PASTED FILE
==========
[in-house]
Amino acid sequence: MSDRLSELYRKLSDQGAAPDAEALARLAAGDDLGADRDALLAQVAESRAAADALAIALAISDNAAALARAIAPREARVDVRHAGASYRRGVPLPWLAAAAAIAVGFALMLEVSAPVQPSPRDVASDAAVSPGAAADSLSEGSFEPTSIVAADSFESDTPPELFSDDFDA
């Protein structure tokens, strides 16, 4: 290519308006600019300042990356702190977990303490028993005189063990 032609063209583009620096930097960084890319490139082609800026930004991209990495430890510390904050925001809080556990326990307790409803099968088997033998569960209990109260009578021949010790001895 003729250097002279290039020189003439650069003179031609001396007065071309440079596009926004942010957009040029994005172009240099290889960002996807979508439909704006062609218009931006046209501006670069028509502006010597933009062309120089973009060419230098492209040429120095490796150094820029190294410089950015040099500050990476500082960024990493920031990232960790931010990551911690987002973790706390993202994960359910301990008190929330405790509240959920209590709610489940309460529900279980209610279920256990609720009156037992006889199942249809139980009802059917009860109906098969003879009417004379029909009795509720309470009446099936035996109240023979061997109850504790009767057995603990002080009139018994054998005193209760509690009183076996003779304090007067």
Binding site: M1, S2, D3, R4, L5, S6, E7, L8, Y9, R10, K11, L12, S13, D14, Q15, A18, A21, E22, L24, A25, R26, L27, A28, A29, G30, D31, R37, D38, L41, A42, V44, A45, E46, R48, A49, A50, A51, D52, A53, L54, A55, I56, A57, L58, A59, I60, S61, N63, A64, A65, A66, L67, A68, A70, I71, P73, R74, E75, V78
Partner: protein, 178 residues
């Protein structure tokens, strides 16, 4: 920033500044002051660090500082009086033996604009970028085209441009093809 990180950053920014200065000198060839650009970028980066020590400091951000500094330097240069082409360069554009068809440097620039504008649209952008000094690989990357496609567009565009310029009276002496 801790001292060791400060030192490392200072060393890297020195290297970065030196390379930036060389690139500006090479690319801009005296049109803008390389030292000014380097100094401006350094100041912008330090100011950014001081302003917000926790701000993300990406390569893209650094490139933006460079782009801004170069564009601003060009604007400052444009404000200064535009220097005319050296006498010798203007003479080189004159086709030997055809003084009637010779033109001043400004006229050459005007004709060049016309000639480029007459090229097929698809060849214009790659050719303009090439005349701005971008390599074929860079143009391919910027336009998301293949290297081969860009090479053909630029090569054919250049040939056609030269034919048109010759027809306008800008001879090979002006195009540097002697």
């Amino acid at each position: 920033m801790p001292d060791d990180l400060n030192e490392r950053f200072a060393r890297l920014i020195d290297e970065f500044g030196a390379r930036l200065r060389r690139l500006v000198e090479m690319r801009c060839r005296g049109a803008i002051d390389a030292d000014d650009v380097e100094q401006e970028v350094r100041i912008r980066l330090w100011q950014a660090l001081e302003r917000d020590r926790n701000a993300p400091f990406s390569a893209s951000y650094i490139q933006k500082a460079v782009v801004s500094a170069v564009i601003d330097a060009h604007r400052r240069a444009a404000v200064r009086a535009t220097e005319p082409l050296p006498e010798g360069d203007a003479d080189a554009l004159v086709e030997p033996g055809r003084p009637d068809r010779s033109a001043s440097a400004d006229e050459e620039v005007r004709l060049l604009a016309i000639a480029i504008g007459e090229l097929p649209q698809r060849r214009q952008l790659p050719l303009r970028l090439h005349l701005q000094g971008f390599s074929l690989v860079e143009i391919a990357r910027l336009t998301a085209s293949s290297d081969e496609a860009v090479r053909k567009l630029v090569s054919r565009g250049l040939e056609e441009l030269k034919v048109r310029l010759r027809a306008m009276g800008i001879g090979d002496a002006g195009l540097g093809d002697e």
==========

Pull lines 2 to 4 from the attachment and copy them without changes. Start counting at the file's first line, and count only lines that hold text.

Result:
Amino acid sequence: MSDRLSELYRKLSDQGAAPDAEALARLAAGDDLGADRDALLAQVAESRAAADALAIALAISDNAAALARAIAPREARVDVRHAGASYRRGVPLPWLAAAAAIAVGFALMLEVSAPVQPSPRDVASDAAVSPGAAADSLSEGSFEPTSIVAADSFESDTPPELFSDDFDA
């Protein structure tokens, strides 16, 4: 290519308006600019300042990356702190977990303490028993005189063990 032609063209583009620096930097960084890319490139082609800026930004991209990495430890510390904050925001809080556990326990307790409803099968088997033998569960209990109260009578021949010790001895 003729250097002279290039020189003439650069003179031609001396007065071309440079596009926004942010957009040029994005172009240099290889960002996807979508439909704006062609218009931006046209501006670069028509502006010597933009062309120089973009060419230098492209040429120095490796150094820029190294410089950015040099500050990476500082960024990493920031990232960790931010990551911690987002973790706390993202994960359910301990008190929330405790509240959920209590709610489940309460529900279980209610279920256990609720009156037992006889199942249809139980009802059917009860109906098969003879009417004379029909009795509720309470009446099936035996109240023979061997109850504790009767057995603990002080009139018994054998005193209760509690009183076996003779304090007067």
Binding site: M1, S2, D3, R4, L5, S6, E7, L8, Y9, R10, K11, L12, S13, D14, Q15, A18, A21, E22, L24, A25, R26, L27, A28, A29, G30, D31, R37, D38, L41, A42, V44, A45, E46, R48, A49, A50, A51, D52, A53, L54, A55, I56, A57, L58, A59, I60, S61, N63, A64, A65, A66, L67, A68, A70, I71, P73, R74, E75, V78